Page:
An Examination of the Police Investigation: What Went Wrong and What Should Have Happened
The police involved in the Whitechapel murders cannot shoulder the entire weight of being unable to capture Jack the Ripper. Yet during this time it seemed as though there was a great deal of miscommunications between departments, withheld facts and many questionable “eyewitness” statements. Perhaps the detectives in every district’s department should have focused on communicating facts and evidence involved in the case with one another, rather than playing on separate teams who “passed the buck” from neighborhood to neighborhood, the evidence could have captured the killer.
I felt as though much of the police investigation was disorganized in manners similar to this, from miscommunications about bloodhounds to rumors about leather aprons and assumptions about writings written on a far off wall. Their greatest downfall however, has to be the policemen and their reliance on “eyewitness” accounts. It is a well-known fact that eyewitness testimonies are the least dependable evidence that investigators can collect in any case. People have a tendency to distort the truth, whether it is due to self-serving bias or just confusing facts with images they themselves concoct, because of this it would be a lot to assume their recollections of that evening are correct. For instance, the streets during this time were very dimly lit, and most eyewitnesses observed the Ripper from behind. How could they possibly see the ethnicity or eyelash color of the man standing with the victims? This was undoubtedly confirmed with the changes in facial features that the Ripper undergoes with each statement. It was a mistake to put weight in the witnesses’ testimonies, especially relatives who had not seen the victims for quite some time.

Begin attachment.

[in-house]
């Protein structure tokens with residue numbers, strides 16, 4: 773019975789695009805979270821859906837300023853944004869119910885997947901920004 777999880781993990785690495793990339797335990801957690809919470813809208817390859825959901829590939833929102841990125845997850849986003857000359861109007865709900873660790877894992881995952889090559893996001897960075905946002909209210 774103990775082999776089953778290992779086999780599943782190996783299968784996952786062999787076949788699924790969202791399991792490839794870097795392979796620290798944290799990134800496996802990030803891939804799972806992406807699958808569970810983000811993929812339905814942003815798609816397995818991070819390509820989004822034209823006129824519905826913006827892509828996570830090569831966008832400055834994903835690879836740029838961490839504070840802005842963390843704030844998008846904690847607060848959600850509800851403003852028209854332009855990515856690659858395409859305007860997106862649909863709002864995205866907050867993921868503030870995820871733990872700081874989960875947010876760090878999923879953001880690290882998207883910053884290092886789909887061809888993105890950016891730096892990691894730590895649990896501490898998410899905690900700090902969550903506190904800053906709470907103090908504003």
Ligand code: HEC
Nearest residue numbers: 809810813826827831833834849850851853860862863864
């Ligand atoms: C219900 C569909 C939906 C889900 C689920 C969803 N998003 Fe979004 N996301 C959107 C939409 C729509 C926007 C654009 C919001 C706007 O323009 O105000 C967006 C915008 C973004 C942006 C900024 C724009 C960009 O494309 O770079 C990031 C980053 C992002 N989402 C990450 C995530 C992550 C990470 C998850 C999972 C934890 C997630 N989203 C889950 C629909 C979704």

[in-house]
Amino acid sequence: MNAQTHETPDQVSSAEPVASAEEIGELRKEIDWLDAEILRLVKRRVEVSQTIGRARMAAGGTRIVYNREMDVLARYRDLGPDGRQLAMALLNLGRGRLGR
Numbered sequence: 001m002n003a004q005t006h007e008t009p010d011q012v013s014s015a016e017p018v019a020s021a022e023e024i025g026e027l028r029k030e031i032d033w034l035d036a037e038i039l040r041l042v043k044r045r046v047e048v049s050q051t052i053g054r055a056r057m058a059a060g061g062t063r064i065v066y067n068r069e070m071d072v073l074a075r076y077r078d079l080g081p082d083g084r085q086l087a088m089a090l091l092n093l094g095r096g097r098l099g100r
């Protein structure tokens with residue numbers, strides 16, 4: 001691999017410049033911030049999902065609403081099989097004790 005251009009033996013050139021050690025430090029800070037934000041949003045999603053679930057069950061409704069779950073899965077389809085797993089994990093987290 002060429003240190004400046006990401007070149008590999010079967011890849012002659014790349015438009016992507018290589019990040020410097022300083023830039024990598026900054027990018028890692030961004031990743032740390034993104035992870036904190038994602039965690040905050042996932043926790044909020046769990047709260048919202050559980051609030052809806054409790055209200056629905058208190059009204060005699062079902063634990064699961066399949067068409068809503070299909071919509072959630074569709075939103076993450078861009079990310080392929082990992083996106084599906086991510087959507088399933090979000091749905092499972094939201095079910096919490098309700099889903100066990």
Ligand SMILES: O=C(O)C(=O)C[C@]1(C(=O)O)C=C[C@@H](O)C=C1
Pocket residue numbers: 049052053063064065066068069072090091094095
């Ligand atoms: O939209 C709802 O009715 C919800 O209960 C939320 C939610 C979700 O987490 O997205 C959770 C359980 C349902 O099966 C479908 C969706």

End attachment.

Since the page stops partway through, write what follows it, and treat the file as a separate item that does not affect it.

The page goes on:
The blunders of the police did allow Jack the Ripper to escape imprisonment, and the fact that he was never captured does raise questions as to if he was smart or just lucky. I also find it hard to believe that Jack the Ripper could be classified into either an organized or disorganized serial killer. Perhaps he was just an ordinary man who had mental problems or desperate urges, not unusually smart, but a convenience killer who just so happened to avoid capture through no fault but the ineptitude of the police themselves. Although the police of Whitechapel were dealing with a new type of killer and new technology, it was their own inadequacies that eventually caused them to appear foolish and not capable of capturing a killer. Instead of unaware upperclassmen saving their own reputations and claiming to know the killer, but refusing to reveal his identity, the police should have focused on the facts, evidence and circumstances surrounding the Ripper murders. The police’s disorderly conduct most certainly classifies their investigation as disorganized.